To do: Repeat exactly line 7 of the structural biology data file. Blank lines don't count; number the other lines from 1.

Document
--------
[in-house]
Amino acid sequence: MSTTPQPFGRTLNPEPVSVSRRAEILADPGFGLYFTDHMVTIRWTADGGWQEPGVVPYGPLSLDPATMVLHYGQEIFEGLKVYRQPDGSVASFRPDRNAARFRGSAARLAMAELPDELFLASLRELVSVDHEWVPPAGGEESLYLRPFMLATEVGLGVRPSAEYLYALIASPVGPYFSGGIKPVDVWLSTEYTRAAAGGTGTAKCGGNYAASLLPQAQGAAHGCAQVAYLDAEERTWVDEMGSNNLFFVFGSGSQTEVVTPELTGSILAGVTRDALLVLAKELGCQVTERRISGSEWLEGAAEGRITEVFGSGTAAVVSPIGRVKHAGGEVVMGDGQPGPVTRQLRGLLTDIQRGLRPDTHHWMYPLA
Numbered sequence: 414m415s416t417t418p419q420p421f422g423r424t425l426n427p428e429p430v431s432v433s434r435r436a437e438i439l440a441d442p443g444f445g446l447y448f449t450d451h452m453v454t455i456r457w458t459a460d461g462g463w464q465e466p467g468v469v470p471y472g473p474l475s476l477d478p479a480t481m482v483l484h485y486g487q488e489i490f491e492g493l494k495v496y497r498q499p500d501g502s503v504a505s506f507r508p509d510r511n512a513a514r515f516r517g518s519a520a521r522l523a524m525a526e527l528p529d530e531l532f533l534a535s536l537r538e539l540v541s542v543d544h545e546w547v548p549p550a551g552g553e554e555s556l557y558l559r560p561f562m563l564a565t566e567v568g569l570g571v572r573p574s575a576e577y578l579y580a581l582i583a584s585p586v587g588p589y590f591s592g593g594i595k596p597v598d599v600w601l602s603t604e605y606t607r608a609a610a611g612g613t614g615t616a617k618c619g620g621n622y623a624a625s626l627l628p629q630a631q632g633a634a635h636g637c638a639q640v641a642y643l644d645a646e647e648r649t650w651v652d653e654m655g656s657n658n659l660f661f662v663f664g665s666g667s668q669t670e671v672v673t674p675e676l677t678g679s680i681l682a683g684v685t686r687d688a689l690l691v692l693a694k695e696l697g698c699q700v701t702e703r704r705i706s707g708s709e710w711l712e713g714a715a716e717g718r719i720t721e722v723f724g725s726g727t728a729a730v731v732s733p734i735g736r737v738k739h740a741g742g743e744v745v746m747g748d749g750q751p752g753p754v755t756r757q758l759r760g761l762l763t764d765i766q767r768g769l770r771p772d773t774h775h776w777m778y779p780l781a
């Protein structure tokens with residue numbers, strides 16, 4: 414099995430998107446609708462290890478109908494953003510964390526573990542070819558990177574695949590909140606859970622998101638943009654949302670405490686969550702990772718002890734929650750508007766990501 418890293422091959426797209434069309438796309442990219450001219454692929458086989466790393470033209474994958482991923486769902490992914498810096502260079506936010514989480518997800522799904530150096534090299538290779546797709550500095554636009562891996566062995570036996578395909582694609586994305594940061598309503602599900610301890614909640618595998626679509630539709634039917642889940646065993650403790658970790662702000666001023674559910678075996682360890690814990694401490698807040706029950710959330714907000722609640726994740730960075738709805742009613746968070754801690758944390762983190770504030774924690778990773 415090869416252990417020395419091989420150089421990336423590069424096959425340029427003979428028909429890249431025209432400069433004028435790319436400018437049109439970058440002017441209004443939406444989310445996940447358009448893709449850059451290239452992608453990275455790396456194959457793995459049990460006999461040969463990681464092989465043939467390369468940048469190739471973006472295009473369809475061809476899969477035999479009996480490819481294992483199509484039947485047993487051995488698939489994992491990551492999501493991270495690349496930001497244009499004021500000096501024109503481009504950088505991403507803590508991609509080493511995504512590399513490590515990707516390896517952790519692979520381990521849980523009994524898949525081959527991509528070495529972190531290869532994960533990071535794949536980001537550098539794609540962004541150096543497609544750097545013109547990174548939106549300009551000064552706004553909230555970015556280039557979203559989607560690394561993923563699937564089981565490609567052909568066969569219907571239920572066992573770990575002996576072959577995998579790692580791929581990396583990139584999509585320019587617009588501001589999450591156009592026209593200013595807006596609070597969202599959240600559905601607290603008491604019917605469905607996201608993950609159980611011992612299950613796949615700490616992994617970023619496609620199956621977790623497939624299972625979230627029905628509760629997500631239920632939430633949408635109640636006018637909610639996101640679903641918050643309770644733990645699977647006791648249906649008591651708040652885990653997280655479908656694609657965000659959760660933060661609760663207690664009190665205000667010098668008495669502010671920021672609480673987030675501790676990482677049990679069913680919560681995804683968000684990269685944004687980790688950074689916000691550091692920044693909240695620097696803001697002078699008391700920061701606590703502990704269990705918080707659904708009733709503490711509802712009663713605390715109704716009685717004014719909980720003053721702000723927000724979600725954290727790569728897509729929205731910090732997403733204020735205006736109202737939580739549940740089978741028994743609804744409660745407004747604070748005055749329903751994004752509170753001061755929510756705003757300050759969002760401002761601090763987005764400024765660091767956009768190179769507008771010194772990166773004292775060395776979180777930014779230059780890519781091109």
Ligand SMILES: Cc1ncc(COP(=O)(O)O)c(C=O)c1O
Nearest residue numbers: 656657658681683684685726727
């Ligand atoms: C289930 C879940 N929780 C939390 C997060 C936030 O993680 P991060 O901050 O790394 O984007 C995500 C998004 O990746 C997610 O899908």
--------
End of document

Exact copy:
């Ligand atoms: C289930 C879940 N929780 C939390 C997060 C936030 O993680 P991060 O901050 O790394 O984007 C995500 C998004 O990746 C997610 O899908």